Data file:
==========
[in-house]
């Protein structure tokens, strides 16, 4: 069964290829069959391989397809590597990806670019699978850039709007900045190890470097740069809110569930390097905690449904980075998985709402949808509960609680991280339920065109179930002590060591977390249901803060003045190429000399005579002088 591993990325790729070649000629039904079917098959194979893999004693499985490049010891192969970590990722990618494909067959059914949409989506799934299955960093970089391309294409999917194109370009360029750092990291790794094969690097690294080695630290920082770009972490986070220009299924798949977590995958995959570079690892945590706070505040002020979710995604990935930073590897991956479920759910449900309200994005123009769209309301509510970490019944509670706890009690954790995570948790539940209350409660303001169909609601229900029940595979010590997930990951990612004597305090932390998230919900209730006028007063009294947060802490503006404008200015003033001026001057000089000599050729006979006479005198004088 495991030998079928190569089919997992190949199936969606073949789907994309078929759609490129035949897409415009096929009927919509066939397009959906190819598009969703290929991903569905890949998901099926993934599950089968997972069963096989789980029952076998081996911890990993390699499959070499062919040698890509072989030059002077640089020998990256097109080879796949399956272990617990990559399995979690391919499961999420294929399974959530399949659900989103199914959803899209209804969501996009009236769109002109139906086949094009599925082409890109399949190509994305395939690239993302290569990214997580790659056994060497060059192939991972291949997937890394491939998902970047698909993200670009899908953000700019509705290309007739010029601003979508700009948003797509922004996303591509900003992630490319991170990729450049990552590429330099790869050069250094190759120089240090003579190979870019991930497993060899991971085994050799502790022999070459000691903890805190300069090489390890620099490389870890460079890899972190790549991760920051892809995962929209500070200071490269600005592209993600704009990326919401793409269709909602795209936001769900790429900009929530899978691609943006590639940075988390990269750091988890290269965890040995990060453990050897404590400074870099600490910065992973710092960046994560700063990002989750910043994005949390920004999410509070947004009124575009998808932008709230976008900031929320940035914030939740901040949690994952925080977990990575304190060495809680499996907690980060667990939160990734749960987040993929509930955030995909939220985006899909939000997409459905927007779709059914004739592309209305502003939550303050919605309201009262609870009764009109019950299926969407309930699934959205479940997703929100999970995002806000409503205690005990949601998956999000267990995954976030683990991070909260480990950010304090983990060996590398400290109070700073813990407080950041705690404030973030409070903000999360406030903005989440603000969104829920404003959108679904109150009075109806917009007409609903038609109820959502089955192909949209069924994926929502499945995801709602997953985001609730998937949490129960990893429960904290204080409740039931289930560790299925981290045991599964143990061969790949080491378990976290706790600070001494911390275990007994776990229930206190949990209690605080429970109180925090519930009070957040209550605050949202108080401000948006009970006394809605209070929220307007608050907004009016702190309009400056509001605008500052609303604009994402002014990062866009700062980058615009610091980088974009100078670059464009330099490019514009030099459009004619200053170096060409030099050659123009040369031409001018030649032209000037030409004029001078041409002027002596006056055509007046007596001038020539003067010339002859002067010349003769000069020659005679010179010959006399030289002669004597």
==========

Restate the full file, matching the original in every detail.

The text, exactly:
[in-house]
């Protein structure tokens, strides 16, 4: 069964290829069959391989397809590597990806670019699978850039709007900045190890470097740069809110569930390097905690449904980075998985709402949808509960609680991280339920065109179930002590060591977390249901803060003045190429000399005579002088 591993990325790729070649000629039904079917098959194979893999004693499985490049010891192969970590990722990618494909067959059914949409989506799934299955960093970089391309294409999917194109370009360029750092990291790794094969690097690294080695630290920082770009972490986070220009299924798949977590995958995959570079690892945590706070505040002020979710995604990935930073590897991956479920759910449900309200994005123009769209309301509510970490019944509670706890009690954790995570948790539940209350409660303001169909609601229900029940595979010590997930990951990612004597305090932390998230919900209730006028007063009294947060802490503006404008200015003033001026001057000089000599050729006979006479005198004088 495991030998079928190569089919997992190949199936969606073949789907994309078929759609490129035949897409415009096929009927919509066939397009959906190819598009969703290929991903569905890949998901099926993934599950089968997972069963096989789980029952076998081996911890990993390699499959070499062919040698890509072989030059002077640089020998990256097109080879796949399956272990617990990559399995979690391919499961999420294929399974959530399949659900989103199914959803899209209804969501996009009236769109002109139906086949094009599925082409890109399949190509994305395939690239993302290569990214997580790659056994060497060059192939991972291949997937890394491939998902970047698909993200670009899908953000700019509705290309007739010029601003979508700009948003797509922004996303591509900003992630490319991170990729450049990552590429330099790869050069250094190759120089240090003579190979870019991930497993060899991971085994050799502790022999070459000691903890805190300069090489390890620099490389870890460079890899972190790549991760920051892809995962929209500070200071490269600005592209993600704009990326919401793409269709909602795209936001769900790429900009929530899978691609943006590639940075988390990269750091988890290269965890040995990060453990050897404590400074870099600490910065992973710092960046994560700063990002989750910043994005949390920004999410509070947004009124575009998808932008709230976008900031929320940035914030939740901040949690994952925080977990990575304190060495809680499996907690980060667990939160990734749960987040993929509930955030995909939220985006899909939000997409459905927007779709059914004739592309209305502003939550303050919605309201009262609870009764009109019950299926969407309930699934959205479940997703929100999970995002806000409503205690005990949601998956999000267990995954976030683990991070909260480990950010304090983990060996590398400290109070700073813990407080950041705690404030973030409070903000999360406030903005989440603000969104829920404003959108679904109150009075109806917009007409609903038609109820959502089955192909949209069924994926929502499945995801709602997953985001609730998937949490129960990893429960904290204080409740039931289930560790299925981290045991599964143990061969790949080491378990976290706790600070001494911390275990007994776990229930206190949990209690605080429970109180925090519930009070957040209550605050949202108080401000948006009970006394809605209070929220307007608050907004009016702190309009400056509001605008500052609303604009994402002014990062866009700062980058615009610091980088974009100078670059464009330099490019514009030099459009004619200053170096060409030099050659123009040369031409001018030649032209000037030409004029001078041409002027002596006056055509007046007596001038020539003067010339002859002067010349003769000069020659005679010179010959006399030289002669004597």